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There is a special person living
in our world today.

He's/She's not a famous superhero or
a prince/princess that lives faraway.

He/She lives here, right among all of us,
and although He/She isn't famous,
he's/she's someone we need to discuss.
One beautiful, sunny day,
without a cloud in the sky,

Child's Name and his/her Mommy/Daddy
were out the door waving

They were headed to the park to run,
jump, and play.

They couldn't wait to enjoy this
picture-perfect day.
He/She saw a boy with crutches
playing in the grass.

He/She ran to his/her mommy/daddy with
some questions to ask.

"Hey mommy/daddy, what happened to
that kid over there?

He has crutches on his arms
and a big wheelchair.

Did he fall, get hurt, or break a bone?

How come he's over there
playing all alone?"
Child's Name was a little nervous
and acting pretty shy.

With his/her head bent down
he/she just said, "hi".

The boy said "hi" back and asked
Child's Name to sit and play.

He/She turned to his/her mommy/daddy
and asked if it was okay.
"Oh, they're what I use
to walk and get around.

Sometimes I need help
getting up and getting down.

It's really no big deal,
and my wheelchair is super cool.

I can go faster than everyone else
in my whole entire school."
Soon more kids ran over
to join in the fun.

Singing, laughing, and playing
under the big, bright sun.

They all shared, took turns,
and tried new things.

Swings, slides, the monkey bars,
and the rings.
Soon the yelled it
was time to head home for a snack.

They said "Don't worry,
we will definitely come back."

Child's Name couldn't get
the smile off of his/her face.

He/She said, "I had so much fun.
I love this place."

Once back at home Child's Name
was still excited about his/her day.

He/She couldn't wait to see his/her new
friend again and ask to play.
The "Talking Points" below can be used to open a line of communication with children to discuss disabilities. Use these talking points to start a conversation about acceptance, kindness, and respect.
  • No two people are the same. Some differences you can really see and others are not very noticeable.
  • A disability is only one characteristic of a person. Everyone has likes and dislikes, strengths and challenges.
  • Children can either be born with a special ability or develop one later on in life. Others have a disability due to an accident or illness. You can't "catch" a disability from someone else, and you should never be scared of someone with special abilities.
  • Some people have a physical disability like a body part or parts of the body that may not work well. There's no reason to be afraid or stare.
  • A physical disability does not necessarily mean there is a mental disability. You may find after you introduce yourself that this child is very nice and has similar interests as you!
  • Children with special abilities can do many of the things every other child does, but it might take them a little longer. They may need assistance or special equipment to help them.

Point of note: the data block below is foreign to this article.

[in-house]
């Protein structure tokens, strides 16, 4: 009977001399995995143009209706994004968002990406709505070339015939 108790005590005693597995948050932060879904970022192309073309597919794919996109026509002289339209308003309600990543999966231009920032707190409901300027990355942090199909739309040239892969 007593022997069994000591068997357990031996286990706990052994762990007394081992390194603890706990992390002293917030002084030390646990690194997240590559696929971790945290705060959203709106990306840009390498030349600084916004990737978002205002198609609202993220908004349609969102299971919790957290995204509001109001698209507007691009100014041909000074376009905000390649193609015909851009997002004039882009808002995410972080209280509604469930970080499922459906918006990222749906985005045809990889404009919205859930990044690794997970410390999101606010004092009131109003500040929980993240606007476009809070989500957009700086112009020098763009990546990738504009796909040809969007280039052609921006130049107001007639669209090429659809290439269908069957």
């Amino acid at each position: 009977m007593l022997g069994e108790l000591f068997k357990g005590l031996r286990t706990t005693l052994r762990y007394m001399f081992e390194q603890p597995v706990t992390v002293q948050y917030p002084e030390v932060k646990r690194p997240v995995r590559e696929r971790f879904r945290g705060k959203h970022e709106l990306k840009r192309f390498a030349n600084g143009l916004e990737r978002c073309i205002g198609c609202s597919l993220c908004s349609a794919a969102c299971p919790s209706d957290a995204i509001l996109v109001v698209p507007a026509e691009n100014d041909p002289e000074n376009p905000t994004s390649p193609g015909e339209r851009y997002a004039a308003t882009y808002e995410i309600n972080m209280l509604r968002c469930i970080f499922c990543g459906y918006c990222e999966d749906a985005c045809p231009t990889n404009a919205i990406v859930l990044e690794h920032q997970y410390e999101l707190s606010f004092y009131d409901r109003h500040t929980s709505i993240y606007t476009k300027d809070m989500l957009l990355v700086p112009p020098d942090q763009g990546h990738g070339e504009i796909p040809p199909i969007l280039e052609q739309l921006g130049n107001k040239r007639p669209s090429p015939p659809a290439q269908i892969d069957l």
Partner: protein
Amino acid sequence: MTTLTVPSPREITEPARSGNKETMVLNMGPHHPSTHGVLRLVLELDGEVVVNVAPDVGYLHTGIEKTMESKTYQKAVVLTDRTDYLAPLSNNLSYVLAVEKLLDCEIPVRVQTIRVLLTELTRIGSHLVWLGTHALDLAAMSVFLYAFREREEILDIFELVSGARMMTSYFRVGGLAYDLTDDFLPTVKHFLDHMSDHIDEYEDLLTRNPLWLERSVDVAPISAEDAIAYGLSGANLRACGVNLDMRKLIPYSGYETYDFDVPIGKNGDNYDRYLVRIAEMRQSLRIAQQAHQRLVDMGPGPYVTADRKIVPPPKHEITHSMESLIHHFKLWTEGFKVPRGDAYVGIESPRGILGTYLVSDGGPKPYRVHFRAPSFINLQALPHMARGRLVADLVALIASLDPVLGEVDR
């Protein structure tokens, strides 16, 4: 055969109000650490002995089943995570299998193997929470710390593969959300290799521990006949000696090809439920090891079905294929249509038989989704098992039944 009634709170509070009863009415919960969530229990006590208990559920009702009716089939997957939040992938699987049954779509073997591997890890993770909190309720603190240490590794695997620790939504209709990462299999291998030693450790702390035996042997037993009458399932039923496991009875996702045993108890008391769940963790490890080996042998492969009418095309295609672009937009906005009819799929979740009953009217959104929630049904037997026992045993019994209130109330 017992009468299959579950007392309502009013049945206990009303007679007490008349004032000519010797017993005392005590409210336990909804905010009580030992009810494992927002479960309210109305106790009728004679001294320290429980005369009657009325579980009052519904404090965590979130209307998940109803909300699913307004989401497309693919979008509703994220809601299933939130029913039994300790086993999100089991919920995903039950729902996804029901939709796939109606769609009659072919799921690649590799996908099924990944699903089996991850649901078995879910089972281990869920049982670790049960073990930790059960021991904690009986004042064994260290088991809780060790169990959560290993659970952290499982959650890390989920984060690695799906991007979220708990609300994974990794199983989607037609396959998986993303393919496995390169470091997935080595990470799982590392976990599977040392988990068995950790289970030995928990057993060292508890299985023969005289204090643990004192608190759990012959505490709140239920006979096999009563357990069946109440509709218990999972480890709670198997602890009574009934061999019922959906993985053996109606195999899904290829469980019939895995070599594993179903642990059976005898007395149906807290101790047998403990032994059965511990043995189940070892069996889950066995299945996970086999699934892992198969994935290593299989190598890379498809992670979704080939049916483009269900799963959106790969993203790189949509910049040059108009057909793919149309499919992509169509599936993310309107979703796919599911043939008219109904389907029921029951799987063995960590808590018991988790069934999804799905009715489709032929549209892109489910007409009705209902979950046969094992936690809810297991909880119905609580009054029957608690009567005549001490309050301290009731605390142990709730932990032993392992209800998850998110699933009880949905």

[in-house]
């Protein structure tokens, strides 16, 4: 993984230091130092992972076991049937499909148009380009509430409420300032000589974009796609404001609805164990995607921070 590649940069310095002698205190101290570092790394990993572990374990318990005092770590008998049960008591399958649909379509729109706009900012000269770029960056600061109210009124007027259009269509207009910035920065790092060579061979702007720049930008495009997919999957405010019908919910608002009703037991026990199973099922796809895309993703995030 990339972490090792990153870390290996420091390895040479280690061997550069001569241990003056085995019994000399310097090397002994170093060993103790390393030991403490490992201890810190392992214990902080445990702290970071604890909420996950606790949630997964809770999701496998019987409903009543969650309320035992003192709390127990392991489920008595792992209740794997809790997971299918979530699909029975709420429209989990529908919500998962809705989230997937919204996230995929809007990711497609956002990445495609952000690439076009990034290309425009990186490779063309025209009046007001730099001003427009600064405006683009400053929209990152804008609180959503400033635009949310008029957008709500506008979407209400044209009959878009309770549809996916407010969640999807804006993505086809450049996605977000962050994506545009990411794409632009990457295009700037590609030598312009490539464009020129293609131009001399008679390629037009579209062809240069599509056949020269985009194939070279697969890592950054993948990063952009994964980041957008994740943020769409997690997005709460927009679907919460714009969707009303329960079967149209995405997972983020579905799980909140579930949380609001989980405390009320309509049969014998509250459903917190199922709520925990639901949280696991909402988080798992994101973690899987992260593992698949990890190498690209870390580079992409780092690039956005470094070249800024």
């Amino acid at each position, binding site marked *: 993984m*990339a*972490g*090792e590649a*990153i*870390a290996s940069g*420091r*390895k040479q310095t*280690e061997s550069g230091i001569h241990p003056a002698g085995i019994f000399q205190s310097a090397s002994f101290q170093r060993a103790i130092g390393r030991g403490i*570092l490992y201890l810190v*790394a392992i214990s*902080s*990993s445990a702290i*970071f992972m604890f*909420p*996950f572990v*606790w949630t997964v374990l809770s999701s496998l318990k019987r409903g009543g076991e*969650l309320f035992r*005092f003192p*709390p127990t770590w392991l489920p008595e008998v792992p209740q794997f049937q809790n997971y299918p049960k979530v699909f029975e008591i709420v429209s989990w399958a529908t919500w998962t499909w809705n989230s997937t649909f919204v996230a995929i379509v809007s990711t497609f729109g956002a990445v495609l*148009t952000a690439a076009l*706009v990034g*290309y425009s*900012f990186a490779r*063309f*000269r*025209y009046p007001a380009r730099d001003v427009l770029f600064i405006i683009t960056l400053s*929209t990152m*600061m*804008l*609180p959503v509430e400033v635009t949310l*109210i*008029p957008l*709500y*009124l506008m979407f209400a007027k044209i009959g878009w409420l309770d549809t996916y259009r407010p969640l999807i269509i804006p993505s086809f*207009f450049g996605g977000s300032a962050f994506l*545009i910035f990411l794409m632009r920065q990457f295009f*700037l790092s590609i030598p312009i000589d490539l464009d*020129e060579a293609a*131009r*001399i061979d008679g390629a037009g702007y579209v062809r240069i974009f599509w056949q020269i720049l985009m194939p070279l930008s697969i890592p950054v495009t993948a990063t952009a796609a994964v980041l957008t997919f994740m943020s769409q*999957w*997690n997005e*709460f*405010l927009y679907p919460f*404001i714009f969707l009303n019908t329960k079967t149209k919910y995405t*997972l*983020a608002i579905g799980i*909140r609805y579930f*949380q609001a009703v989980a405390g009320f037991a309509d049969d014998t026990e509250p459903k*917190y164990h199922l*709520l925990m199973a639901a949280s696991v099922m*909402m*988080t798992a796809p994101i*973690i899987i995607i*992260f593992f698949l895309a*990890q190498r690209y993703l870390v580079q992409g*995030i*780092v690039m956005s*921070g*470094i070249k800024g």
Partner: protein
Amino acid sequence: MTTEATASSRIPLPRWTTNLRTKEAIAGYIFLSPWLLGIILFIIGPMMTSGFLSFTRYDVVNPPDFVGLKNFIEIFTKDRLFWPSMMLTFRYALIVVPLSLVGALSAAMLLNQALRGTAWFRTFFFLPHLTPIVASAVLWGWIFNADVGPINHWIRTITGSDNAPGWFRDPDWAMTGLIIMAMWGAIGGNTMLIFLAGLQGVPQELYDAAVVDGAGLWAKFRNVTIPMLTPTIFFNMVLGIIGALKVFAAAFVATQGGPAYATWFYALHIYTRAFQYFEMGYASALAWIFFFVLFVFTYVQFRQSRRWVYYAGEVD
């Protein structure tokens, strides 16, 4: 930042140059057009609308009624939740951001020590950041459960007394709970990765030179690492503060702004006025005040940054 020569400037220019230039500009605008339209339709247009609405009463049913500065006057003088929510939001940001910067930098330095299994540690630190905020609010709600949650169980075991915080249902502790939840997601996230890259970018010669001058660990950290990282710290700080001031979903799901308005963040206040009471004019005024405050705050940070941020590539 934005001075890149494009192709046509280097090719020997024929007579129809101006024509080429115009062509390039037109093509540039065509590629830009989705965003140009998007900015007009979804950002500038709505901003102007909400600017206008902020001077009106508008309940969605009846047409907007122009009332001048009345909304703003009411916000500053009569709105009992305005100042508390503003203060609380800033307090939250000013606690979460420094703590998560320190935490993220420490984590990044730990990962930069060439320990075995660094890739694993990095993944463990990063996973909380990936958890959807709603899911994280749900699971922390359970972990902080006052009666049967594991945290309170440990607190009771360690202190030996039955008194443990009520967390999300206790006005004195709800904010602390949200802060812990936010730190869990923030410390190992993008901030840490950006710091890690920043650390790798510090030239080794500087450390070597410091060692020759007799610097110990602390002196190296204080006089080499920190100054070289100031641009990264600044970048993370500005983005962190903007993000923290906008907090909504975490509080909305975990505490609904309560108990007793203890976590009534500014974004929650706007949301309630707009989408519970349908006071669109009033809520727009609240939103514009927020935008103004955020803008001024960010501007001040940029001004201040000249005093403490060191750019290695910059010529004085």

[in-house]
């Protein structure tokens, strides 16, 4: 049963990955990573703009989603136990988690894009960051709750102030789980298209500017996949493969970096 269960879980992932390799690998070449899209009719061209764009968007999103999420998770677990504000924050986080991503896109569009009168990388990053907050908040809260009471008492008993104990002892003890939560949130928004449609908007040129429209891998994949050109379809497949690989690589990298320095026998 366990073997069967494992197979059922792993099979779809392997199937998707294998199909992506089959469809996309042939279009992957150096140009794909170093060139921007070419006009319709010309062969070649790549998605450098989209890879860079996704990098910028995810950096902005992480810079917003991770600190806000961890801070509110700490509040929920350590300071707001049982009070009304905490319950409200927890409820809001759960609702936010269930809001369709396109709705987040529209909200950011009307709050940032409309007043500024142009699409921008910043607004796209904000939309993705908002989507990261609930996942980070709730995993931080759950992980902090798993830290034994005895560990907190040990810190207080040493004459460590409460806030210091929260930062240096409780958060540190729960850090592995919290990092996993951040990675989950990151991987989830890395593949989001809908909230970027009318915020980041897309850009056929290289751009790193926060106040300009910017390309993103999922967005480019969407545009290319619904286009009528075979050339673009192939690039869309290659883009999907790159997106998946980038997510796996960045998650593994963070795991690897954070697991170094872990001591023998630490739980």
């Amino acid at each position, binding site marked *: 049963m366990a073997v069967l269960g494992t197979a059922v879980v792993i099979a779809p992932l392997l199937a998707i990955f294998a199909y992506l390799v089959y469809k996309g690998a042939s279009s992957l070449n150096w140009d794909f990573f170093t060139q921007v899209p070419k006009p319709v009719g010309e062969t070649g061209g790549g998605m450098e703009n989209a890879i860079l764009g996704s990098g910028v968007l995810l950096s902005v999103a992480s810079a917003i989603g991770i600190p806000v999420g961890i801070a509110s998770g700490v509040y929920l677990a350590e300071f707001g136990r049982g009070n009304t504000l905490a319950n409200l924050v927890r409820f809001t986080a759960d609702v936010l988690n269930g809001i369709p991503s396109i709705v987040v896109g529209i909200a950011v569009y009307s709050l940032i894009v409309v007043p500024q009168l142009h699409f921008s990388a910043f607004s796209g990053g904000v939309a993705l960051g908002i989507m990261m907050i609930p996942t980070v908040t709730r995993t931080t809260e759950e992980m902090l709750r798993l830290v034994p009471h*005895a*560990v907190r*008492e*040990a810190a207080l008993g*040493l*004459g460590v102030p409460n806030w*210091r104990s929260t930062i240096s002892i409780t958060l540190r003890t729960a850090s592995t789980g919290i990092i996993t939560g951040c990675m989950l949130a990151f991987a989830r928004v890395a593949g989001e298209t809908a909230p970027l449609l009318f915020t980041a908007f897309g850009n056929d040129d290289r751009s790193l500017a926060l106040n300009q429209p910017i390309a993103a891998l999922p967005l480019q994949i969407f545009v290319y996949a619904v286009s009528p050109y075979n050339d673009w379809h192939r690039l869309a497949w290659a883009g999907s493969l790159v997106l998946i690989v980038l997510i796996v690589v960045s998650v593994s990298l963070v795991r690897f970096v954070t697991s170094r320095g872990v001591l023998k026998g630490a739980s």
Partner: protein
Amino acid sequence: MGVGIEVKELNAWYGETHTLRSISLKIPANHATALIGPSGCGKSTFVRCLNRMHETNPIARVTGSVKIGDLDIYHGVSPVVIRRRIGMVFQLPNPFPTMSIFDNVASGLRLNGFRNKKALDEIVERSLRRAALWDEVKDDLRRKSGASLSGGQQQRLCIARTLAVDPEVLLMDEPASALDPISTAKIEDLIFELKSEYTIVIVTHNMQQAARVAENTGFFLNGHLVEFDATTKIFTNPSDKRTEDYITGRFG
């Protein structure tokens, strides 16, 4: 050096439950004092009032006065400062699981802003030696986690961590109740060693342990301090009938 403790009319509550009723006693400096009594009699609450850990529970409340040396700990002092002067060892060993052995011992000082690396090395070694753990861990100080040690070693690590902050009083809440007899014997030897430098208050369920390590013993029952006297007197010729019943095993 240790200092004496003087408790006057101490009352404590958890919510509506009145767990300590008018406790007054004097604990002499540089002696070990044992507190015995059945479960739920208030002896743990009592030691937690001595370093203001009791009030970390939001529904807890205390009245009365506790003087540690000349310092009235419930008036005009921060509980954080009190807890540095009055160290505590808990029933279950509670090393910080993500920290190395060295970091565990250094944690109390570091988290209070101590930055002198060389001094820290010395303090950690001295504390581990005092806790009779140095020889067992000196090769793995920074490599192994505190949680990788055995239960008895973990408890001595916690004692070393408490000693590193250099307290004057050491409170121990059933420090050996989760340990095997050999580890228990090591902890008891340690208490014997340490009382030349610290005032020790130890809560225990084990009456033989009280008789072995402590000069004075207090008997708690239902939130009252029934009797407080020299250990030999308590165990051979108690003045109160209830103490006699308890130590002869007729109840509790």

by Heather NcCarthy & Kate Ryan
Illustrated by Janette Louden
Child's Name
Makes a New Friend!

Type Your Dedication Here
You see, there is something that makes
him/her special and amazing in every way.

What makes Child's Full Name
special is the way He/She treats everyone
Mommy/Daddy sat on the bench as
Child's Name began his/her fun.

First the swings, then the slides, but
He/She certainly wasn't done.

Up the tower He/She went
to the very, very top.

It was there that something caught his/her
eye and made him/her stop.
Mommy/Daddy said "Those are all
good questions, let's go over and see.

I'm sure he would talk to
both you and me.

Let's give him a wave,
a big smile, and a ‘hello'.

I bet he will tell us
what you want to know."
"Of course, have fun,
but before I go,
let's ask your new friend
what you wanted to know.

Child's Name was wondering
about your crutches and chair.

He/She noticed you with
them from way up there."
Mommy/Daddy left the two friends
to play and to talk.

He/She saw them laughing, smiling,
and then get up to walk.

Off to the swings where Child's Name
pushed his/her new friend high.

There was more laughing, giggling,
and a couple of high fives.
Some kids wanted to run
and others wanted to sit.

One kid never stopped moving,
while another rested a bit.

Some kids had glasses,
one boy wore a hat.

Some kids played with a basketball,
others with a ball and bat.

One girl walked her dog by
a boy with spiky hair.

There was a cautious kid
and the daredevil with no fear.

Child's Name and his/her new friend
decided to join in on all the fun.

They went from one activity to the next
and played with everyone.
What Child's Name did wasn't easy,
but it's something we can learn from.

Taking the first step may seem hard,
but a friendship can come.

Child's Name isn't a prince/princess,
a superhero, and he/she
is not famous,

but one thing he/she does is teach us
how to be courageous.
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by Heather NcCarthy & Kate Ryan
Illustrated by Janette Louden
Child's Name
Makes a New Friend!

About Your Special Someone

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